Judgment:

Chagla, C.J.

1. The assessee in this case was assessed for the years 1944-45 and 1945-46. He failed to make the full payment in respect of his assessment for these years. Thereupon on June 23, 1948, the Income-tax Officer purported to pass an order to the following effect :-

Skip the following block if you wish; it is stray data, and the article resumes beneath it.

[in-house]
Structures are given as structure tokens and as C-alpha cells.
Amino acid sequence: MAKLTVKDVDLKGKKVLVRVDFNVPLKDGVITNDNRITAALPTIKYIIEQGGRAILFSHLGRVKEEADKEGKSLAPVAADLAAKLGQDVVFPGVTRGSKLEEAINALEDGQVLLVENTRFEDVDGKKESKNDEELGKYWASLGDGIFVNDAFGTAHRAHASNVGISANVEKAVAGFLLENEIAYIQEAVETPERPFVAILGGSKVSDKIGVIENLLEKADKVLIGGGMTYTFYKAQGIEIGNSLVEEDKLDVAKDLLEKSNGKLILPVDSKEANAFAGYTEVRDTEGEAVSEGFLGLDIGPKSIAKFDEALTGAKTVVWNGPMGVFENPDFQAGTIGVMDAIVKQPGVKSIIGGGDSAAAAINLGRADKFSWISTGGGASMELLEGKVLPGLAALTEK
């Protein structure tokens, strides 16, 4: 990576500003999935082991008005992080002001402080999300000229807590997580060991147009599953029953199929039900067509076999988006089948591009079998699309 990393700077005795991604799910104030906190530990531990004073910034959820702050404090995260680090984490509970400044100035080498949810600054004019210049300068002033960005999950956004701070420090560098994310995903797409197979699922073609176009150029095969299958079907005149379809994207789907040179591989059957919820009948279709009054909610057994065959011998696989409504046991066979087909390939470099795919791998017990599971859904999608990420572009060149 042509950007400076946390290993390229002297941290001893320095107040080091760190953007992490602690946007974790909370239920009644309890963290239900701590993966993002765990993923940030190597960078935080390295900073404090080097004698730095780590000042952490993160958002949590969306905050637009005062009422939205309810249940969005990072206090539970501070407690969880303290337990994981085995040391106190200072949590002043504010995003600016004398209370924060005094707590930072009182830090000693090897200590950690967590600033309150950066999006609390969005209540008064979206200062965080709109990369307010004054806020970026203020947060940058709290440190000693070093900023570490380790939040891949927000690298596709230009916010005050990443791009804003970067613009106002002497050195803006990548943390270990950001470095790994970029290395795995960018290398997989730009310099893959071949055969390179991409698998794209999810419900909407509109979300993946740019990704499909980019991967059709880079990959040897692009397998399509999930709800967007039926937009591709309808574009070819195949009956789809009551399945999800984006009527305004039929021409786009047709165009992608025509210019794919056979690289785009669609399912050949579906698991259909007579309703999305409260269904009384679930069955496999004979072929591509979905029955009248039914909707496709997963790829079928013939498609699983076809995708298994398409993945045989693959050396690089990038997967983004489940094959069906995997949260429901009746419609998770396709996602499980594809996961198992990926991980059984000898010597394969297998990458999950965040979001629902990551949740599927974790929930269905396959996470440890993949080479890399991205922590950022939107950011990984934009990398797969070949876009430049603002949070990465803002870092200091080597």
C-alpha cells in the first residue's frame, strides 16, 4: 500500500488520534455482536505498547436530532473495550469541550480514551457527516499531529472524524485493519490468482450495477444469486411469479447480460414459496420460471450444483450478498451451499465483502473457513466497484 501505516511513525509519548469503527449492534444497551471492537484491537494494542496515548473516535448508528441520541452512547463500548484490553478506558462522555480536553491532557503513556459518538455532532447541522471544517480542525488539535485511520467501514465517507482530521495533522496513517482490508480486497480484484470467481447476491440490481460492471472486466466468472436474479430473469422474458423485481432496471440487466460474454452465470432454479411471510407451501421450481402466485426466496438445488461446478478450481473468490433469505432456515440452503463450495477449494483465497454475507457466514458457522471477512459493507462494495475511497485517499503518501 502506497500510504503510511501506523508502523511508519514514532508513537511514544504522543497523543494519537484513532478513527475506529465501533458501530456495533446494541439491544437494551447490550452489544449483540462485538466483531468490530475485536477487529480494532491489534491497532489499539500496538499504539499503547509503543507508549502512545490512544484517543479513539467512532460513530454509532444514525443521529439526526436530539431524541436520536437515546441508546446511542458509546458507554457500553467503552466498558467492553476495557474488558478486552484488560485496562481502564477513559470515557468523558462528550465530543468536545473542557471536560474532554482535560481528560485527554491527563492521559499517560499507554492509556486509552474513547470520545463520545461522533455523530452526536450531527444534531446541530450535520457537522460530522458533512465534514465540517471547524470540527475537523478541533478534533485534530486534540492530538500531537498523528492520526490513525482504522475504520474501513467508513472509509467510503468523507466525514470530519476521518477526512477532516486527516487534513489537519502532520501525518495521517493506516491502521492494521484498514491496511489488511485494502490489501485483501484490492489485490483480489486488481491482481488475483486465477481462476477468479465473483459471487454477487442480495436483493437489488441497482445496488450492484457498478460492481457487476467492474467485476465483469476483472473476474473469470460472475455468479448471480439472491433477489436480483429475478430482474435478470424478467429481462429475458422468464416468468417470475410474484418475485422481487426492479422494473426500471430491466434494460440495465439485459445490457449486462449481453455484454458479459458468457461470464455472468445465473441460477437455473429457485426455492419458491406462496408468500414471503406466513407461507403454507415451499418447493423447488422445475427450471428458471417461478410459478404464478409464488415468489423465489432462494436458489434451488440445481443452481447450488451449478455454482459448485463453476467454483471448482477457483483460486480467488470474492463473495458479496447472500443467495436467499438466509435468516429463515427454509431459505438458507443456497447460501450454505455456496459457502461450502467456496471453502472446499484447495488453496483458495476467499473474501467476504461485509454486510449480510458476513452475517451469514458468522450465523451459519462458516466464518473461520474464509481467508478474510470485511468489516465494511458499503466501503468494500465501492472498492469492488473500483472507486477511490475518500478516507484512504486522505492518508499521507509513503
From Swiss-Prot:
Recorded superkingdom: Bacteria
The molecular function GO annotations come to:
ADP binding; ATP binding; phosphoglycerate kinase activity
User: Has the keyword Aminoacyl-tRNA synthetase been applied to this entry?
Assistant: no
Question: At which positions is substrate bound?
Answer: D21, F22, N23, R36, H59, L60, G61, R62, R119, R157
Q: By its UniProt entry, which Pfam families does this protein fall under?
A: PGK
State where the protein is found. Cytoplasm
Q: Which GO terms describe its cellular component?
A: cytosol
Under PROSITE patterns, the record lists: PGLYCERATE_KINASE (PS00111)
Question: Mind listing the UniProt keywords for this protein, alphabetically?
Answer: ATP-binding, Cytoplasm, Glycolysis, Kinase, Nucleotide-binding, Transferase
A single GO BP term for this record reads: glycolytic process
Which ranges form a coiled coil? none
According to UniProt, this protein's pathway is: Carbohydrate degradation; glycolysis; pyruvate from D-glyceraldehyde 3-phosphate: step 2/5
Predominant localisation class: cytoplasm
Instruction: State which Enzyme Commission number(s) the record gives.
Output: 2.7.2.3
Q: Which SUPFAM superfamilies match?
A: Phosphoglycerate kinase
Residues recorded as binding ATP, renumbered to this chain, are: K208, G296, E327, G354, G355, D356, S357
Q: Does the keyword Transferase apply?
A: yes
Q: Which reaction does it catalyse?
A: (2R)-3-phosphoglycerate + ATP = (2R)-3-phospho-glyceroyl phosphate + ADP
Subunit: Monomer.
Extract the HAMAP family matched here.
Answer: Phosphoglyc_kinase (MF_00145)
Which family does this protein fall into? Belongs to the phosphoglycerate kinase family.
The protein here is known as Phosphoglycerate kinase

'Tax not paid. Issue penalty notice.'